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Big Data on Organ Transplant Market

With more than 120,000 people in need of organ transplants and a shortage of donors, economists, doctors and mathematicians are using data to save lives. On a very basic level, the organ transplant process can be separated into two categories: organs taken from living donors and organs harvested from deceased donors. From living donors, doctors can take one of a person's two kidneys, as well as part of his or her liver. From a deceased donor, doctors are able to extract a cadaver's kidneys, liver, heart, lungs, pancreas, intestines and thymus. Of the organs donated in 2013, roughly 80% came from deceased donors, according to UNOS. While it's preferable to receive a kidney from a living donor, the donors and candidates are incompatible in approximately one-third of potential kidney transplants because of mismatched blood or tissue types. In the case of incompatibility, a candidate is placed on what's commonly referred to by the public as a "waiting list".  UNOS receives information from both the candidate and the deceased donor to establish compatibility such as blood type, body size and thoracic organs, like the heart and lungs, need to be transplanted into a similarly-sized recipient and geography as it seeks to match candidates locally, regionally and then nationally. With that data, UNOS' algorithm rules out the incompatible. It then ranks the remainder based on urgency and geography. For example, a liver made available in Ohio would theoretically go to the closest compatible candidate with the highest MELD score.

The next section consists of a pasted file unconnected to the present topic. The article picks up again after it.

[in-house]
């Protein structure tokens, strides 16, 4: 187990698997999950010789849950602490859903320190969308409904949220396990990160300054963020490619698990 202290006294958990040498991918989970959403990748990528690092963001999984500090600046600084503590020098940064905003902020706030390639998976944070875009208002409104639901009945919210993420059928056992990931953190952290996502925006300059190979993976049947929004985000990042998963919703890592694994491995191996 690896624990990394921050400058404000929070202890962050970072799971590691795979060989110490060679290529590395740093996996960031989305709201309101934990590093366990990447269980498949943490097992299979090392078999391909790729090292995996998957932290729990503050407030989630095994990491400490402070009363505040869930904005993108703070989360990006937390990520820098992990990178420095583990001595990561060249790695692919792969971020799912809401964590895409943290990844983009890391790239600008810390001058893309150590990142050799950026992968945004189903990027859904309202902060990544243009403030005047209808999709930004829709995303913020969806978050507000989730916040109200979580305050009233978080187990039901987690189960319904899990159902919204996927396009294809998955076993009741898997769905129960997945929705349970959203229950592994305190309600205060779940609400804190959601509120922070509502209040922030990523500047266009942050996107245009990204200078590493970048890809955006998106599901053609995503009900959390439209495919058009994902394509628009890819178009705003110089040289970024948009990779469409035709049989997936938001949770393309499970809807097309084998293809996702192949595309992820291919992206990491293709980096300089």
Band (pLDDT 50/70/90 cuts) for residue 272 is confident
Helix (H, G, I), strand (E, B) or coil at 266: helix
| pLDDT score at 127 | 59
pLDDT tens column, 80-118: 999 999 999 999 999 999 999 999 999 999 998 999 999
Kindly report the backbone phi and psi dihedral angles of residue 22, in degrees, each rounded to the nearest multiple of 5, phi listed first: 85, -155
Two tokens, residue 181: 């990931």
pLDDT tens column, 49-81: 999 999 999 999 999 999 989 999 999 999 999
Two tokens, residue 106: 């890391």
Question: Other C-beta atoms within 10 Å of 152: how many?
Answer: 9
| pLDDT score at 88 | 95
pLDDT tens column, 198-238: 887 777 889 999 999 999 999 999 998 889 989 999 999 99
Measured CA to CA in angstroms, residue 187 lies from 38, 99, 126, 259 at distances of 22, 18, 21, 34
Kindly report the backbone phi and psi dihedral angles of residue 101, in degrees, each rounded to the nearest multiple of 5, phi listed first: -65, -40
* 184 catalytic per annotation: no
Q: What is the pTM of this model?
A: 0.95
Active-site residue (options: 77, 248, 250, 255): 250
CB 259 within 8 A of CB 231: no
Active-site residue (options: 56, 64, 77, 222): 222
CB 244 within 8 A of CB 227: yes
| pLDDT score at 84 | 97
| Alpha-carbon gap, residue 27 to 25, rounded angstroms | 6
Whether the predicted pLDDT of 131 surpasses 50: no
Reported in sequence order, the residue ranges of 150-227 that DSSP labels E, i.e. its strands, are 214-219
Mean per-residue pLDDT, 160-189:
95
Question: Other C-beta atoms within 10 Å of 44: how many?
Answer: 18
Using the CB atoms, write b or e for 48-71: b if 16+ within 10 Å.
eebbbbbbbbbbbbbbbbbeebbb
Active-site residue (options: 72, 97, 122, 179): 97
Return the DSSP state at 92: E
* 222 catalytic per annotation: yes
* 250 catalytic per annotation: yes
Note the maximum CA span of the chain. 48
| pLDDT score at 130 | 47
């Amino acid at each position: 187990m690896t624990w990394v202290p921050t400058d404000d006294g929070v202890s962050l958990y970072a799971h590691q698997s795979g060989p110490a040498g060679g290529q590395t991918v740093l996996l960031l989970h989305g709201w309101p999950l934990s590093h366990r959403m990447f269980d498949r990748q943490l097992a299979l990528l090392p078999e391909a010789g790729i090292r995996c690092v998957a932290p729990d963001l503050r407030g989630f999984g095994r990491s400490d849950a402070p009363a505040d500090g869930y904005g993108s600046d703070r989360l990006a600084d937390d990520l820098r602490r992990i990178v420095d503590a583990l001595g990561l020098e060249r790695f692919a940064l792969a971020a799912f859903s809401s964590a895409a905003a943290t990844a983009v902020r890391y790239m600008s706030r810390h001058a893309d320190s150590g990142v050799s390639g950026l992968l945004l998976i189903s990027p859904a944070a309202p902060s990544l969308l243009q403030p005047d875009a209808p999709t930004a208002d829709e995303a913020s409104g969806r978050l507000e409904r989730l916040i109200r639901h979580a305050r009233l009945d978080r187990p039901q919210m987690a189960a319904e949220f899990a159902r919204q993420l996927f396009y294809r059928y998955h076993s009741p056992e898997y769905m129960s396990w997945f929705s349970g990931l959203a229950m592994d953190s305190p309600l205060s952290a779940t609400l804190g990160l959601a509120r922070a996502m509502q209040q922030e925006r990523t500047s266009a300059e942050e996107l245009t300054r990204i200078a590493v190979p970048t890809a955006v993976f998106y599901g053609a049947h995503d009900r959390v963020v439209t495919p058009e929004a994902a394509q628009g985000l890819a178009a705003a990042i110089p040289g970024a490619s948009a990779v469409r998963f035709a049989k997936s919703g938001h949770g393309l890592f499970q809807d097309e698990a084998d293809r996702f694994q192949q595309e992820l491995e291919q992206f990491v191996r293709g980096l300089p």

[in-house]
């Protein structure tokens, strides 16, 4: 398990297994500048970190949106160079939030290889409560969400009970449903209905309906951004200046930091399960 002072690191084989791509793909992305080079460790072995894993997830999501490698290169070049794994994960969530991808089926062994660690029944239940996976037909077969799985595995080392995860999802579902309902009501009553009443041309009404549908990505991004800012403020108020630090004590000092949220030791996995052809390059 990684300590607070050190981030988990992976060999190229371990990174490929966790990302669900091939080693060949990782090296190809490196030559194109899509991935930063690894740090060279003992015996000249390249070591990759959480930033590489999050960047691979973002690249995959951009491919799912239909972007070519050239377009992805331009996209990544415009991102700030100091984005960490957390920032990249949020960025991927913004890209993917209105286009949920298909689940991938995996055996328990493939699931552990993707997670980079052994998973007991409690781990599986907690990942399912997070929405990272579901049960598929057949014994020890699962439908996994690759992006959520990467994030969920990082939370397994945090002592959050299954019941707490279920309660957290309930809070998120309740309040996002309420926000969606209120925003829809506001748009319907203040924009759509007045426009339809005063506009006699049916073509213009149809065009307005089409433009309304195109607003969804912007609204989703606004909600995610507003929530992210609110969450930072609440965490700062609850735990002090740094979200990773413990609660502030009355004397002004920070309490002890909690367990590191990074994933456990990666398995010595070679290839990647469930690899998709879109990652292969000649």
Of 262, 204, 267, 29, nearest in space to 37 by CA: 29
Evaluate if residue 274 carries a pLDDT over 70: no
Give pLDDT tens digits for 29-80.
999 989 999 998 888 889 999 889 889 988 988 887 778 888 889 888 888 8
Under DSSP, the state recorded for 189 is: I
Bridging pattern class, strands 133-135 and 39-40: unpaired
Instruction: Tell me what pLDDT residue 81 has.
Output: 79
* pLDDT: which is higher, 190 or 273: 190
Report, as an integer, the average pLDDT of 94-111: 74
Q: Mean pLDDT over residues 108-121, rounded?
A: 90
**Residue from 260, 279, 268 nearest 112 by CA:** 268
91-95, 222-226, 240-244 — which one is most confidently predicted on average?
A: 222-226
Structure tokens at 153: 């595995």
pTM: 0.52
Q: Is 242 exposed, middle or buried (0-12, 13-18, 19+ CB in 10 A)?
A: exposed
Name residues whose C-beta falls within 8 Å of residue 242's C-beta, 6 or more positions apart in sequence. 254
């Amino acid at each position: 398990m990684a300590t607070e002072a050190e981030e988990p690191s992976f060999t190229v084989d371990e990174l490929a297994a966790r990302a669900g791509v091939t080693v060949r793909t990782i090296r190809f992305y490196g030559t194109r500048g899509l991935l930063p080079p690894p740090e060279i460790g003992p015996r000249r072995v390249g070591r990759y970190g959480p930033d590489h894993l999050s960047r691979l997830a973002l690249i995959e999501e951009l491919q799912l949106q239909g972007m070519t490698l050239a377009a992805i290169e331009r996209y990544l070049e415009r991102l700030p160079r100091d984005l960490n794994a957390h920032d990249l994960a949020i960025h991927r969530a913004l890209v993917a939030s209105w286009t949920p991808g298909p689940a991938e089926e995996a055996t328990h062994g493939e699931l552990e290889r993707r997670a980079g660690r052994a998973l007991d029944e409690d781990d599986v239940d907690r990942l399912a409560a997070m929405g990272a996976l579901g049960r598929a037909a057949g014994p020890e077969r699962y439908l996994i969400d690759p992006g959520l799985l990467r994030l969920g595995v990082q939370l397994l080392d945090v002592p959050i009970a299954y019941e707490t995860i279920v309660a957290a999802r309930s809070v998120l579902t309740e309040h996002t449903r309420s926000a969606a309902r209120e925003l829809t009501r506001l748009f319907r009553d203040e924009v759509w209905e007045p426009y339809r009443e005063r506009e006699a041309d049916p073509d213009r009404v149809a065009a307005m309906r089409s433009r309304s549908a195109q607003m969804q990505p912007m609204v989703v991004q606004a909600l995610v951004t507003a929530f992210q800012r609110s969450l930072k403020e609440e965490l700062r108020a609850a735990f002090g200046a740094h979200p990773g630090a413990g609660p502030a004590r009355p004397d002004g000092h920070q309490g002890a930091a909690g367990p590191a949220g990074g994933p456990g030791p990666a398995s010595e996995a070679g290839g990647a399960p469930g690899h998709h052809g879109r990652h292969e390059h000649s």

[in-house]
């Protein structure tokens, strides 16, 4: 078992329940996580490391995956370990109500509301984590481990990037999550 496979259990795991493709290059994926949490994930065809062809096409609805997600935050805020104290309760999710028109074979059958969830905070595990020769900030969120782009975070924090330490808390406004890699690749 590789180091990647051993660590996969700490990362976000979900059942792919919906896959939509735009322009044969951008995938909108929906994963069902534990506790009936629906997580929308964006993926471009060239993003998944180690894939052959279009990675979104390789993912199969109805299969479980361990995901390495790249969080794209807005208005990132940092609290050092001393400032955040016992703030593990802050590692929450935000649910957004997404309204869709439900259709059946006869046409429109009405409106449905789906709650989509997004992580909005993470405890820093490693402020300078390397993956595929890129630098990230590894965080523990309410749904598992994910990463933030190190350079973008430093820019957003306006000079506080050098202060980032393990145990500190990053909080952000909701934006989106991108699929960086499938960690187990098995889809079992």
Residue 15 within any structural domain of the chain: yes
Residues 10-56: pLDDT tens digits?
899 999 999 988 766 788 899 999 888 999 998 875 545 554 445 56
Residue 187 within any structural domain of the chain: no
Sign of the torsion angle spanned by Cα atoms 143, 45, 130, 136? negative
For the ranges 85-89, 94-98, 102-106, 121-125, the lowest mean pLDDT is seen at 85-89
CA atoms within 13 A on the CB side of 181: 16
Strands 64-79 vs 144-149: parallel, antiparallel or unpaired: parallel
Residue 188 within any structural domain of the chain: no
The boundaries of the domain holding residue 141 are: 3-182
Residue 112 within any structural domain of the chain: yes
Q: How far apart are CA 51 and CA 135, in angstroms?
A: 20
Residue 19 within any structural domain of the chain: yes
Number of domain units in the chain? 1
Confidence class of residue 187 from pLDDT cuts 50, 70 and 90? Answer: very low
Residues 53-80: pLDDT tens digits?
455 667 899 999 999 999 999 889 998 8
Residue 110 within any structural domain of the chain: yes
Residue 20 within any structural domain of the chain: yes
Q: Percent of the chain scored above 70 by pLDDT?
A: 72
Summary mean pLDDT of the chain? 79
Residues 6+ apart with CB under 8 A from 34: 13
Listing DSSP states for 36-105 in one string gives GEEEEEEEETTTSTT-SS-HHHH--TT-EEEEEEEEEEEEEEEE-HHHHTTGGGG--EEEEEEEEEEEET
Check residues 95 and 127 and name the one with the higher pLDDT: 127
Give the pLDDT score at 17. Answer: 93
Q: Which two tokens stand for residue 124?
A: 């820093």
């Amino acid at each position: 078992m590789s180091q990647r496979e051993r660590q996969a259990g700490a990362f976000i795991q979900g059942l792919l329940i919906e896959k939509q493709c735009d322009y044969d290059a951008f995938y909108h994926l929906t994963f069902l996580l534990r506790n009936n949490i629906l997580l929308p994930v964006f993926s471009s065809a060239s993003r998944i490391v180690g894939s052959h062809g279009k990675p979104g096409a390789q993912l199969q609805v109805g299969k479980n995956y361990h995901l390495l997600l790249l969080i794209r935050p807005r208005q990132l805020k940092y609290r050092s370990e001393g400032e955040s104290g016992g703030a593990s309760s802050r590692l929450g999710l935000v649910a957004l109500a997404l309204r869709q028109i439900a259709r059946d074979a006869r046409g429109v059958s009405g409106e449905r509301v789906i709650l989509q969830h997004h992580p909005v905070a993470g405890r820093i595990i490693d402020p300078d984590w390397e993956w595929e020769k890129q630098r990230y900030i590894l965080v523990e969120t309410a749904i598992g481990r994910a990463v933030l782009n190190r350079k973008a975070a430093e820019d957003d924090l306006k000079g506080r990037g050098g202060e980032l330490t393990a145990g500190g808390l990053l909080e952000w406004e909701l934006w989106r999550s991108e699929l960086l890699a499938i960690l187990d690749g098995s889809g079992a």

In 2010, UNOS launched its Kidney Paired Donation Program that used Sandholm and his team's algorithm. So far, the program has matches have resulted in 97 transplants, with more than a dozen scheduled in the coming months. To read in detail visit: http://mashable.com/2014/07/23/big-data-organ-transplants/

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